In an interview with IPS, lawyer Alberto Pedroncini, representing six Argentine plaintiffs, explained that the Operation Condor case was allowed to proceed under the charge of "illegal deprivation of liberty, in the context of a policy of forced disappearance of people."

Thus, the charges were based on an international law that supersedes Argentina&#39s jurisdiction – the Inter-American Convention on Forced Disappearance of Persons.

To strengthen their case, the lawyers established a multinational team including at least one plaintiff for each country involved. They argued that pardons cannot be given for ongoing crimes, such as that of the disappearance of persons, and the court agreed.

"We also argued that the crime was sanctioned by an agreement reached by the heads of state of these countries, and that because the case involves victims from all of the countries, it must be tried under international law, not simply Argentine law," explained Pedroncini. In 2004 the court ordered the accused to stand trial on charges of forced disappearance, later adding the charge of illicit association with intent to commit a crime.

Two years later, in July 2006, an appeals court in Argentina upheld the request to prosecute the accused – some 20 former top leaders and agents of the Argentine regime. The court ruled that the coordination alone of such an operation was, in and of itself, "a crime against humanity."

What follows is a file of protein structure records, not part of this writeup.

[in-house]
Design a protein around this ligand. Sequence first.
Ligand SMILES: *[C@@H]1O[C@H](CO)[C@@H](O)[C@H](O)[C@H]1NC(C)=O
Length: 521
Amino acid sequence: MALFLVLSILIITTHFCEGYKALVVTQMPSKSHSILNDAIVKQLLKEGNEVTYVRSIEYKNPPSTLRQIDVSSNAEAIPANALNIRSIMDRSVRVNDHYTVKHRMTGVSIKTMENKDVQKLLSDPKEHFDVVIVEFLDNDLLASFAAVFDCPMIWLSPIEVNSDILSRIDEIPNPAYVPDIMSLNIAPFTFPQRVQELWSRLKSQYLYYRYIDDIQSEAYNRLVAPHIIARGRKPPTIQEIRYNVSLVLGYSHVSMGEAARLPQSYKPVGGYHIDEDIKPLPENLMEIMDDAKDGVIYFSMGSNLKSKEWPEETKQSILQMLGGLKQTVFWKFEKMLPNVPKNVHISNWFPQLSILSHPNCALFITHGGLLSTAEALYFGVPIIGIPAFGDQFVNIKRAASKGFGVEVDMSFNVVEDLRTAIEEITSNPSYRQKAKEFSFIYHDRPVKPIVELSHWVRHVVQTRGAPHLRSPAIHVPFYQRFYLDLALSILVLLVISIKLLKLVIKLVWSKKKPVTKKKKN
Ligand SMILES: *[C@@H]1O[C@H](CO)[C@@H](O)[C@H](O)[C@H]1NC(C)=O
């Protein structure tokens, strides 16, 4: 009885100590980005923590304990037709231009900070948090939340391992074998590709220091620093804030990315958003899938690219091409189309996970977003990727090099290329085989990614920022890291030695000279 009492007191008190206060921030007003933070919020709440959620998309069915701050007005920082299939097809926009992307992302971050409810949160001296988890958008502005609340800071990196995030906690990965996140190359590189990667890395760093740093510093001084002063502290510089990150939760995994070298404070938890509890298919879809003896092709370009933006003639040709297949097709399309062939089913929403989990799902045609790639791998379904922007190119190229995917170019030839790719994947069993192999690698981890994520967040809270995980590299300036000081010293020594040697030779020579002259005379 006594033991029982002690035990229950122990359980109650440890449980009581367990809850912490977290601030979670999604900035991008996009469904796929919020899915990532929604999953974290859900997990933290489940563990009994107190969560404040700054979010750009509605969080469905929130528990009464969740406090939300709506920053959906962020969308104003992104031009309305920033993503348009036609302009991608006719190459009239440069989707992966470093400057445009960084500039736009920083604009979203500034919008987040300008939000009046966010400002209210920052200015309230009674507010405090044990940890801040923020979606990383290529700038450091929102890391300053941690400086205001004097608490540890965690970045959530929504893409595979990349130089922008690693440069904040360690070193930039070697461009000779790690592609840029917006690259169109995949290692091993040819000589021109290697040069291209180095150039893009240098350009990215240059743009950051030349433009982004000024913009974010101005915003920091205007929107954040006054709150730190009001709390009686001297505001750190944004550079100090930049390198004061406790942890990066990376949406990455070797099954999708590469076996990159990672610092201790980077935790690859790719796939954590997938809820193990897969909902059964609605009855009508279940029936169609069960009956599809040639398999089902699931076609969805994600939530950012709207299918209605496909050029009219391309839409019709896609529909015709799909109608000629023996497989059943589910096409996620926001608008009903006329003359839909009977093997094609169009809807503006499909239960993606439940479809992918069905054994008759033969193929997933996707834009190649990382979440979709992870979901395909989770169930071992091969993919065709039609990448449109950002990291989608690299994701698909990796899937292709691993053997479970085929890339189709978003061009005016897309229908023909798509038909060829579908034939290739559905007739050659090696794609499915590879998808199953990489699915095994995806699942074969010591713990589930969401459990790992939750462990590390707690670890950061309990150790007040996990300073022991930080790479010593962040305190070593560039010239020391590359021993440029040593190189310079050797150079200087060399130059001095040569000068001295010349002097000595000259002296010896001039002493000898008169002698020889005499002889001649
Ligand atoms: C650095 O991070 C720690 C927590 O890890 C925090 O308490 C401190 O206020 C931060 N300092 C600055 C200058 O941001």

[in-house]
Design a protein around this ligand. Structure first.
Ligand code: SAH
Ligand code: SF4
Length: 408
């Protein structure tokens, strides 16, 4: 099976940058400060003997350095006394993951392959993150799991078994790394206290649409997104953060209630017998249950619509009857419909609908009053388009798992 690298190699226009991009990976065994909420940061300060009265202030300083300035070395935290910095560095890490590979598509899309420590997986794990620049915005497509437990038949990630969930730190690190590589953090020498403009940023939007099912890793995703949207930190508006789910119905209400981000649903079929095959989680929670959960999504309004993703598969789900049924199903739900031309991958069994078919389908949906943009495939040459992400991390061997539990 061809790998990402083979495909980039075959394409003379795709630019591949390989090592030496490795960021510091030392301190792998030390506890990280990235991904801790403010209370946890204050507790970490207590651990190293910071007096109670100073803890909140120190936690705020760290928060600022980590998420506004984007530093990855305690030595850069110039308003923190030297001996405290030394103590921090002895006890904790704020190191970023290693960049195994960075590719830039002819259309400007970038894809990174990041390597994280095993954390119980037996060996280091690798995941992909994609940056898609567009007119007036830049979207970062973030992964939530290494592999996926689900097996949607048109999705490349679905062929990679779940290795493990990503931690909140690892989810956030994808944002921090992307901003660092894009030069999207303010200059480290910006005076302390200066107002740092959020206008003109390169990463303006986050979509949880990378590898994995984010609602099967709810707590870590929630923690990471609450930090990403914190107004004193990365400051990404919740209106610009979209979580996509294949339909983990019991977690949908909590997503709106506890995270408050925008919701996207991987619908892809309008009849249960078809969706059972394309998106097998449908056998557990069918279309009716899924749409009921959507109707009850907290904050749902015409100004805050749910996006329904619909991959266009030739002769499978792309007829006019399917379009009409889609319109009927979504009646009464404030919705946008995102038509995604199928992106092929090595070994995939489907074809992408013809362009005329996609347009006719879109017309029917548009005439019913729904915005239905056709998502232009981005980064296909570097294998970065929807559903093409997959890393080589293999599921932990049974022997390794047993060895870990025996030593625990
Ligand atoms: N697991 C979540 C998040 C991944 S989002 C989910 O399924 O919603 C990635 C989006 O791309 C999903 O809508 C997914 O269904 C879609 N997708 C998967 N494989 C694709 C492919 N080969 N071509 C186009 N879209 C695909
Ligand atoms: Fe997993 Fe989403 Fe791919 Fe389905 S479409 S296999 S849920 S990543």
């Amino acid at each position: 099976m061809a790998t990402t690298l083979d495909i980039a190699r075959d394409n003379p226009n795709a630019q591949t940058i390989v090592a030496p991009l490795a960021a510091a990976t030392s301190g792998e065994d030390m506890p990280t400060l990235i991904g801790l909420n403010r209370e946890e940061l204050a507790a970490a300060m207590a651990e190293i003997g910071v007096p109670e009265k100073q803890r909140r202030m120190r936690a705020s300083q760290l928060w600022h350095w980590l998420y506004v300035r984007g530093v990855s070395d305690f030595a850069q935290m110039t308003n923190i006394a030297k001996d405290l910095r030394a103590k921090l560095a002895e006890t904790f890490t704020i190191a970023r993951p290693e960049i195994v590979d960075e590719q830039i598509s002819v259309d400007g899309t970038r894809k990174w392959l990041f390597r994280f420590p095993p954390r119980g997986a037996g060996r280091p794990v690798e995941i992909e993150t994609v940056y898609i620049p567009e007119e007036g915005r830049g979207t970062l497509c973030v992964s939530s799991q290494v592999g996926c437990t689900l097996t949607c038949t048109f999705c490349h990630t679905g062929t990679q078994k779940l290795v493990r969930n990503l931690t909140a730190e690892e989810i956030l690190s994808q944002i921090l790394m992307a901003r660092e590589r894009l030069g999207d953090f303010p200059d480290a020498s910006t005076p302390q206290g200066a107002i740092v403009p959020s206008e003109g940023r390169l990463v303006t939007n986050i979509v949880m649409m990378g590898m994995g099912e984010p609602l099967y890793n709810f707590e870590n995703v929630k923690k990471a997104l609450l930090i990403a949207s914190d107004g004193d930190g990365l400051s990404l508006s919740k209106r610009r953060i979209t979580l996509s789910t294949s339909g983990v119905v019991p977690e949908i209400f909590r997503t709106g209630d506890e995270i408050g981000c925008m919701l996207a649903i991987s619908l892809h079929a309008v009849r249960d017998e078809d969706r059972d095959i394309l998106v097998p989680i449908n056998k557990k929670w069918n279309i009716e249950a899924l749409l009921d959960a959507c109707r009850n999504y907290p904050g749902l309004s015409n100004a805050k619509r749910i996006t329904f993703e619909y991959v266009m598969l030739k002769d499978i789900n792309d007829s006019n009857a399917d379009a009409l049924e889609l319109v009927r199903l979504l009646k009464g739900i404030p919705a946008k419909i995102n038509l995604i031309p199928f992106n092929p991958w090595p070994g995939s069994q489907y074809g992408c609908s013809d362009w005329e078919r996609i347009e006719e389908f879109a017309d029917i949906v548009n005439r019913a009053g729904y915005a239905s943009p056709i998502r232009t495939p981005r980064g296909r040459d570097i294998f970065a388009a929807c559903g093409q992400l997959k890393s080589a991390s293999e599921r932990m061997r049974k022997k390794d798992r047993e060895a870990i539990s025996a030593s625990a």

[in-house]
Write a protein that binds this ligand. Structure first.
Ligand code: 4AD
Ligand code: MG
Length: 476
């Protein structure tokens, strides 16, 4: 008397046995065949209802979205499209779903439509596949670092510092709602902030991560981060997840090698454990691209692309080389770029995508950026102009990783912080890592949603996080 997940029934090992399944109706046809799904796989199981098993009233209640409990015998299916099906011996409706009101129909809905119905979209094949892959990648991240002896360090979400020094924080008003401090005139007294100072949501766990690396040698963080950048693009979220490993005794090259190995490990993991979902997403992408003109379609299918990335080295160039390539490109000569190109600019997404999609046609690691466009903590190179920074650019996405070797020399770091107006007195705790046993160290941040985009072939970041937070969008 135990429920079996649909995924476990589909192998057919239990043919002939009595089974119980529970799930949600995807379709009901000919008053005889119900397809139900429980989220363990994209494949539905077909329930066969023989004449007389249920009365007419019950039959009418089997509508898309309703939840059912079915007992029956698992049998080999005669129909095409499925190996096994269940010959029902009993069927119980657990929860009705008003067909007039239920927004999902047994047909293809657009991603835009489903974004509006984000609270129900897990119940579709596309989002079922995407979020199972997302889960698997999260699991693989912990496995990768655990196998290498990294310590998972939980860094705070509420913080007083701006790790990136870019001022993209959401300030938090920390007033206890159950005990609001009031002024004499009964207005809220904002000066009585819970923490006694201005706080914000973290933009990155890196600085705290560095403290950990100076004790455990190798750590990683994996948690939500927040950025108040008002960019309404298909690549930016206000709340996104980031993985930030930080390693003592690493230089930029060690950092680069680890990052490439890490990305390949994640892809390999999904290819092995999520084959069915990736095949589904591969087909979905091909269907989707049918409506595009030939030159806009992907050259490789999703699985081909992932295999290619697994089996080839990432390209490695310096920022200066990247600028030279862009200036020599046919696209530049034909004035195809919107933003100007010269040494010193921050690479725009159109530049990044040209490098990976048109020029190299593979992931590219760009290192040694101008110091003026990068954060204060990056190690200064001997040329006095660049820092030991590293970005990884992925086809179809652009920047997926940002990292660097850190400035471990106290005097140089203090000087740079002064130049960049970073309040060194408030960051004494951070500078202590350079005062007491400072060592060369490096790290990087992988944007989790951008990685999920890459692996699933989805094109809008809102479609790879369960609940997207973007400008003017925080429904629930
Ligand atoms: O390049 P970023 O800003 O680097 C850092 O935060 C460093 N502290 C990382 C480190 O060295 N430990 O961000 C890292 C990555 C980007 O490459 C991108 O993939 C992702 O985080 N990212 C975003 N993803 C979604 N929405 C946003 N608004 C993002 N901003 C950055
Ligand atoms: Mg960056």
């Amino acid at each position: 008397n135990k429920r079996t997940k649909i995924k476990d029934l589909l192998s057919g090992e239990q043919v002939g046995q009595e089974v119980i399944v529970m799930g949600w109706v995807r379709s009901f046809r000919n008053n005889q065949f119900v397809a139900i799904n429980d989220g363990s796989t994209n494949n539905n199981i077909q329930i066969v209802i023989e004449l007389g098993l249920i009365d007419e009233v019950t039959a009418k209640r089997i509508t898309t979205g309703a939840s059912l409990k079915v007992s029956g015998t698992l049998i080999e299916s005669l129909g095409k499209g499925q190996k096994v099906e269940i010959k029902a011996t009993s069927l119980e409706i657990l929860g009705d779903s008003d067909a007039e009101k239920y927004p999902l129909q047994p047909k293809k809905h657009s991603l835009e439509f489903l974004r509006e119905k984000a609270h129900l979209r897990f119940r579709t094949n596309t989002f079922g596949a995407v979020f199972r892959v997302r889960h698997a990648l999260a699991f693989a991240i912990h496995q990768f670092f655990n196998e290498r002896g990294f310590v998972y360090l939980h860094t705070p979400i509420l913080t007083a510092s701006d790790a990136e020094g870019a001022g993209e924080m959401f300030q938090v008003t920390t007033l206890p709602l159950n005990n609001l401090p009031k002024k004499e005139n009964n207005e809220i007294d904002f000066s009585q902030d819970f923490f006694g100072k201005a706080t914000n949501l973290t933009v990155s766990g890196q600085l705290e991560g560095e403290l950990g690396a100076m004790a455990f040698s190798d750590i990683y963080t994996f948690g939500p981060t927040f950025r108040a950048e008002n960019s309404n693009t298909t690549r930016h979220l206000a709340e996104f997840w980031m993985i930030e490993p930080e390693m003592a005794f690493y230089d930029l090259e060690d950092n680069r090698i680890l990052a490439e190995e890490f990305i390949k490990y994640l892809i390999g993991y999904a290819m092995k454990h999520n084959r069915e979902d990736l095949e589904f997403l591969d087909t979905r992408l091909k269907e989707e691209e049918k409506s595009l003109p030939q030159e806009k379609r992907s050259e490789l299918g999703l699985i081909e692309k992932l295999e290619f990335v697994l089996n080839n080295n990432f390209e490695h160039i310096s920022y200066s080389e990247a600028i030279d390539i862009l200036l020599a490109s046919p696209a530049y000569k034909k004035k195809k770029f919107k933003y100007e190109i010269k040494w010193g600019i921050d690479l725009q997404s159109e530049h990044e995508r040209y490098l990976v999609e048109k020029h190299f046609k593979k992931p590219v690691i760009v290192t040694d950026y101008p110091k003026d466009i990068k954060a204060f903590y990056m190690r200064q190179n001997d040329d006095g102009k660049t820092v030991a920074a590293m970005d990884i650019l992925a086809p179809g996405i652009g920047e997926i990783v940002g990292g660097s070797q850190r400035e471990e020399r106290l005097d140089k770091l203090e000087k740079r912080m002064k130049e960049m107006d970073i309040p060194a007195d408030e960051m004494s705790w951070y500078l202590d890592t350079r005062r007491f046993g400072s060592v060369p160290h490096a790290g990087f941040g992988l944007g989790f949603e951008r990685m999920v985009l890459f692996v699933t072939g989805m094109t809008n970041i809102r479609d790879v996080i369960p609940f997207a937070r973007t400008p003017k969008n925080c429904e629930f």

The appeals court upheld the charge of "illicit association for the forced disappearance of persons" as well as the applicability of the Inter-American Convention. It also recognised the Argentine justice system&#39s authority to intervene in the investigation of Operation Condor in all of the areas where it was carried out.

The ordered measures included prosecution and preventive detention for Videla – who served as Argentina&#39s president between 1976 and 1981 – and other former military brass, including Albano Harguindeguy, interior minister under Videla, Antonio Bussi, former governor of the northern Tucumán province, and Jorge Rovere, the former second in command of the First Army Corps.

Also tried were former planning minister Ramón Díaz Bessone, former army chief Cristino Nicolaides, and the former head of the Third Army Corps, Luciano Benjamín Menéndez, along with nine lower-ranking officers.

In addition, the courts issued an international arrest warrant for former Chilean dictator Pinochet (1973-1990), and the heads of his regime&#39s now-defunct secret police (DINA) – former generals Manuel Contreras and Pedro Espinoza.

Warrants had also been issued for ex-dictators Banzer (1971-1978) and Alfredo Stroessner, of Paraguay (1954-1989), and former commander-in-chief of the Uruguayan army Julio César Vadora, now all deceased.